We usually get some questions about how many hydrogen bonds these compounds can create, we use it to differentiate between the boiling point of each one of them so it would be great if you could help me.

So what I know that $\ce{H2O}$ has 4 hydrogen bonds those are 2 from hydrogen atoms and 2 from other molecules that has 2 hydrogen atoms connected to the 2 lone pair of electron that the oxygen has.

In $\ce{HF}$, It has 2 hydrogen bonds. The same explanation implies here. In $\ce{NH3}$, 2 hydrogen bonds because $\ce{N}$ doesn't have the required amount of lone pairs to make more hydrogen bonds.

But what I really want to know is about alcohols. In the way that I am explaining it, it should have 2-3 hydrogen bonds but when I check some books and articles they say that it only creates 1.

So if you can explain how many each of them creates and what it depends on that would be awesome.

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    $\begingroup$ Interesting question. I suspect the answer is more complicated than you might expect. $\endgroup$
    – bon
    Dec 31, 2015 at 18:37
  • $\begingroup$ Like I am pretty sure there are some other factors that play here. That why I am asking about the alcohols. But the way of me thinking seems to work with everything except alcohols. $\endgroup$
    – Biker
    Dec 31, 2015 at 18:55
  • $\begingroup$ Just summing up the number of hydrogen bonds will not do, accepting and donating are two different things. $\endgroup$ Jan 1, 2016 at 9:33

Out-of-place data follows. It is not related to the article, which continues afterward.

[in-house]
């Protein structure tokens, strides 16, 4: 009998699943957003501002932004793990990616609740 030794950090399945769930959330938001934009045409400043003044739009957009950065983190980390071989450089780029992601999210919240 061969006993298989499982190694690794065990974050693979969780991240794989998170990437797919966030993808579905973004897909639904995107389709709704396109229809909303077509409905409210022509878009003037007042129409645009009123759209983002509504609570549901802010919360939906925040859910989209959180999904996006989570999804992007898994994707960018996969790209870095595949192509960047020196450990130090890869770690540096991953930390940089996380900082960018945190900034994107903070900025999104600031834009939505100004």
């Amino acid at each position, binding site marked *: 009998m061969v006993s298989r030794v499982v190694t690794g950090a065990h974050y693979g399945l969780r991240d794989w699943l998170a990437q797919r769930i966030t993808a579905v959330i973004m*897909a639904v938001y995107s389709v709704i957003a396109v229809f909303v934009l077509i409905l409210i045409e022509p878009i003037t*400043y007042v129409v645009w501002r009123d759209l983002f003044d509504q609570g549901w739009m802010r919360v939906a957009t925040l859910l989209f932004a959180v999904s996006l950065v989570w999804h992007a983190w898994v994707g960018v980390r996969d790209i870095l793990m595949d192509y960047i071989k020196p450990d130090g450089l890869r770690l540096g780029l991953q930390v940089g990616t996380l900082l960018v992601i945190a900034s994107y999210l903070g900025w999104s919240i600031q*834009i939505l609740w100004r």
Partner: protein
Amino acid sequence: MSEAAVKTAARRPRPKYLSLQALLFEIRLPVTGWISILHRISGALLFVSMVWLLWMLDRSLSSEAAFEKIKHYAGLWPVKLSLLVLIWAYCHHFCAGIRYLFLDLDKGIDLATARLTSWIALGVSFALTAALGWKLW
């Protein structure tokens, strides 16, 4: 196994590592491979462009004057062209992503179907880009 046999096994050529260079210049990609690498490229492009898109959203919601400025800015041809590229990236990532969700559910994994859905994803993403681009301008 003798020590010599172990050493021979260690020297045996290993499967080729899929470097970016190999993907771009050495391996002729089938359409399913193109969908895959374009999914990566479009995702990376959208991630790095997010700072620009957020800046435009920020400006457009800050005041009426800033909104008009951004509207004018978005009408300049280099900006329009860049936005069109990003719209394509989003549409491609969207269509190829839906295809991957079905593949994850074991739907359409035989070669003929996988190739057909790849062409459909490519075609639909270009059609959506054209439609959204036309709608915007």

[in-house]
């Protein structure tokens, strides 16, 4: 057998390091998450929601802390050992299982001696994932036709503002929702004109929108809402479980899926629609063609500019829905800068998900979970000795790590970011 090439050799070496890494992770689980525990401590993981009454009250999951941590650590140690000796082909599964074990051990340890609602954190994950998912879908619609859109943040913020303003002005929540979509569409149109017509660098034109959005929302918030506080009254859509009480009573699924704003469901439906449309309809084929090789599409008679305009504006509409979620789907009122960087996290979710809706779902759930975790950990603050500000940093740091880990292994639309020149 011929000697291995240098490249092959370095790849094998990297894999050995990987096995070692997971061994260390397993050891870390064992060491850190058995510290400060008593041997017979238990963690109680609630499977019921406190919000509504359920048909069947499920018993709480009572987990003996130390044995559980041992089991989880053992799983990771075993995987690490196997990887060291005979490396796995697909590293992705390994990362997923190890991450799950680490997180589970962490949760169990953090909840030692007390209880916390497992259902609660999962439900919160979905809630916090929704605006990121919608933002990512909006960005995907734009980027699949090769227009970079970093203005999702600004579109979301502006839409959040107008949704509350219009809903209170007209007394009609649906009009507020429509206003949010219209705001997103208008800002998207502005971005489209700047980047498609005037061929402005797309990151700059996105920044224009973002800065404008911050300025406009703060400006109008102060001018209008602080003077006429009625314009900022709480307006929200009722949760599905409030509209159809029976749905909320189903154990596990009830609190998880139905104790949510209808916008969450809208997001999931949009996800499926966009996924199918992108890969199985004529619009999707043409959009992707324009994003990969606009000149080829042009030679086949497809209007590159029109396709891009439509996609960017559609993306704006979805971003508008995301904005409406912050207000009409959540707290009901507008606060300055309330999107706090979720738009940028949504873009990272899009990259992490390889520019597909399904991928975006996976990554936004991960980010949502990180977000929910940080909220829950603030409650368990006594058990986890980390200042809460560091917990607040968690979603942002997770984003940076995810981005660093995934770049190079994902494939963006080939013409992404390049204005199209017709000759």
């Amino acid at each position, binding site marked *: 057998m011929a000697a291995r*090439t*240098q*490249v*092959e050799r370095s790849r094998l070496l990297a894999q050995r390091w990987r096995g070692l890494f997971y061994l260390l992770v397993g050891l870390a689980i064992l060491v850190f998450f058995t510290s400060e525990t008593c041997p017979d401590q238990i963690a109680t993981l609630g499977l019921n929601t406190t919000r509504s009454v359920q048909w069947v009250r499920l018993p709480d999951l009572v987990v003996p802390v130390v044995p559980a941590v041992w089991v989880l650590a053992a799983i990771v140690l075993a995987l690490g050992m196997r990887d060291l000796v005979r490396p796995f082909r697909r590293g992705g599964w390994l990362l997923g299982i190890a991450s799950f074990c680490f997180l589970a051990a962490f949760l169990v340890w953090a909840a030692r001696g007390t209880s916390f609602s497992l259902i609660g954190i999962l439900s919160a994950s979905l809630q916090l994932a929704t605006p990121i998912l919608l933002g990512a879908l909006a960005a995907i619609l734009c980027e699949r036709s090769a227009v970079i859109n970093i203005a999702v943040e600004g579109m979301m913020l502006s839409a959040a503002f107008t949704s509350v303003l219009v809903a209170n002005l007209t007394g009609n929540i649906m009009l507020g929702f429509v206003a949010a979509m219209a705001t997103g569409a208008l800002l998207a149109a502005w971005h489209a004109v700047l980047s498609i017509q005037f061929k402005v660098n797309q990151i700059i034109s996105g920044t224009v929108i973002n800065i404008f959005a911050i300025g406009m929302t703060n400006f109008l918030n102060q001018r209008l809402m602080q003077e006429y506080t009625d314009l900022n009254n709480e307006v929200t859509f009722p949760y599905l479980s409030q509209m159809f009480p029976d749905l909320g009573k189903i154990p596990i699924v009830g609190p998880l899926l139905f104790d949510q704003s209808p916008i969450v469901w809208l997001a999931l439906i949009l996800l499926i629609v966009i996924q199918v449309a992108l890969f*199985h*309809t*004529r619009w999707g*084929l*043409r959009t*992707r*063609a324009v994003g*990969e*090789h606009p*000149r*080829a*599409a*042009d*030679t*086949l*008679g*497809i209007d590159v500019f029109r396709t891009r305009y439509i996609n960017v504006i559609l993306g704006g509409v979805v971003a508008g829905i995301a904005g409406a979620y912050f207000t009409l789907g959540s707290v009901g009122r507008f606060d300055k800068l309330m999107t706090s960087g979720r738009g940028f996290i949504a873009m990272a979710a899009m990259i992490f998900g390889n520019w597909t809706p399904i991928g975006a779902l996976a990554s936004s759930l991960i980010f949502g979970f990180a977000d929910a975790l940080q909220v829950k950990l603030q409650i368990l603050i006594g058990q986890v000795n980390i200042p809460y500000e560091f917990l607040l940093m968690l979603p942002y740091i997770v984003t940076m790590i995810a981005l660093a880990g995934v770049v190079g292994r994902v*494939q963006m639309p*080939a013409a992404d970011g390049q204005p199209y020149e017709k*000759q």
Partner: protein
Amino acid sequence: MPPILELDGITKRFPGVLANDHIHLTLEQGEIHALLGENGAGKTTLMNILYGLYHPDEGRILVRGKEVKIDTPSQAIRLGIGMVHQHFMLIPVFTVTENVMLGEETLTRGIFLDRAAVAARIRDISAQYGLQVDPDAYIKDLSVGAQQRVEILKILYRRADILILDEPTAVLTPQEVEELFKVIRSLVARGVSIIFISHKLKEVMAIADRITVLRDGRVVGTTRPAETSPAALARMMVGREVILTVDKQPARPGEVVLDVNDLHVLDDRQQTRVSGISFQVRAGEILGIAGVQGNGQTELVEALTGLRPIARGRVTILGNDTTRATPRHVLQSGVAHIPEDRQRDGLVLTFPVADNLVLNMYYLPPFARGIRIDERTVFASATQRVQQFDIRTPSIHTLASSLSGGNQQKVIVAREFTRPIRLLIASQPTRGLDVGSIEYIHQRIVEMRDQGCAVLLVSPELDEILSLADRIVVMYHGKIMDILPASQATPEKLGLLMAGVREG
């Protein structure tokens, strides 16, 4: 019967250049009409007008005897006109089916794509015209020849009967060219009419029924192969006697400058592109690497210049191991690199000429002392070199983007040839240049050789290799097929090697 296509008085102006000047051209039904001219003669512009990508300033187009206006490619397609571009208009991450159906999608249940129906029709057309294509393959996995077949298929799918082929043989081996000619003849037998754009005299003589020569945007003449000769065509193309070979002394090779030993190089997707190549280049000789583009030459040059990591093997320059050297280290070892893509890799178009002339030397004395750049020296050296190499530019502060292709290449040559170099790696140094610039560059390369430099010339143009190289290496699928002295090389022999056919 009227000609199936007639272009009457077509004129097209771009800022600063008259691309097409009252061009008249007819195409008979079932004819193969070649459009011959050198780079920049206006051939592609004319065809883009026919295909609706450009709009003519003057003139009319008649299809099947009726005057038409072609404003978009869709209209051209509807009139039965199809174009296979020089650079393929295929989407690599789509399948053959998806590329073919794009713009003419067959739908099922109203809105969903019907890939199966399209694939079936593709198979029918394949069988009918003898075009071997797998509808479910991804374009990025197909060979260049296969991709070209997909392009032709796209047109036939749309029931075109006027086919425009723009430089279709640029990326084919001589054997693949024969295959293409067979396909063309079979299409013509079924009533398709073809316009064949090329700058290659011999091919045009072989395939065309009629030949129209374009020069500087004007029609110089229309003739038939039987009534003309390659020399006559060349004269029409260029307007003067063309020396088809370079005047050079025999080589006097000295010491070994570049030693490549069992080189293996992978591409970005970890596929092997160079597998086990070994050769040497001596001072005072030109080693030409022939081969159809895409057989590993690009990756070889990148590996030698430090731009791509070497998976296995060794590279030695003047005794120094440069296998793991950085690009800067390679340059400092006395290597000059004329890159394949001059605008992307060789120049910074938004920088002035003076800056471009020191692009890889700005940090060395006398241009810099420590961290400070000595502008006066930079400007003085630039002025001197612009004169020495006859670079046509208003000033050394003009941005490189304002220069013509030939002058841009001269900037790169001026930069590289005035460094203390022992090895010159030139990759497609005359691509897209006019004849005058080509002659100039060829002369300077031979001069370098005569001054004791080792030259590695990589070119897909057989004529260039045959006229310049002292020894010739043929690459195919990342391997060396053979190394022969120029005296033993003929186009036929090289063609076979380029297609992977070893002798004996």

• $\begingroup$ Various papers suggest that the average number of hydrogen bonds per molecule in water is less than 4 and possibly as low as 2 and that it varies depending on temperature. I suspect a similar effect will be seen in alcohols but I can't find any specific references to it. $\endgroup$
    – bon
    Jan 1, 2016 at 11:03

2 Answers 2


Hydrogen bonds require a $\ce{\delta{+}}$ hydrogen atom capable of forming a hydrogen-bond, so $\ce{H2O}$ makes 2 H-bonds, and $\ce{NH3}$ has 3 H$\ce{\delta{+}}$ atoms capable of forming these bonds.

However hydrogen bonds also require an "active" lone pair capable of accepting a hydrogen-bond, where $\ce{H2O}$ can do 2 of these again, but $\ce{NH3}$ can only accept 1.

So, does water make 4 bonds or 2? Does ammonia make 1 bond or 2? The answer is both, but it depends on how you count it. If you look at an individual molecule in a cluster of water molecules it may appear to be surrounded and held in place by four H-bonds; it makes two with the hydrogen and accepts two with the lone pairs. That molecule is involved in 4 hydrogen bonds.

But if you take 100 water molecules and count how many hydrogen bonds there are between them, the answer will be about 200 because each molecules makes 2 bonds. If you consider each molecule making 4 bonds then you are double counting each bond being made and accepted. The same is true for ammonia, each molecule makes one hydrogen-bond, it also accepts one. You could say that an individual molecule is involved in two bonds, but if you count them all up each molecule only makes one each.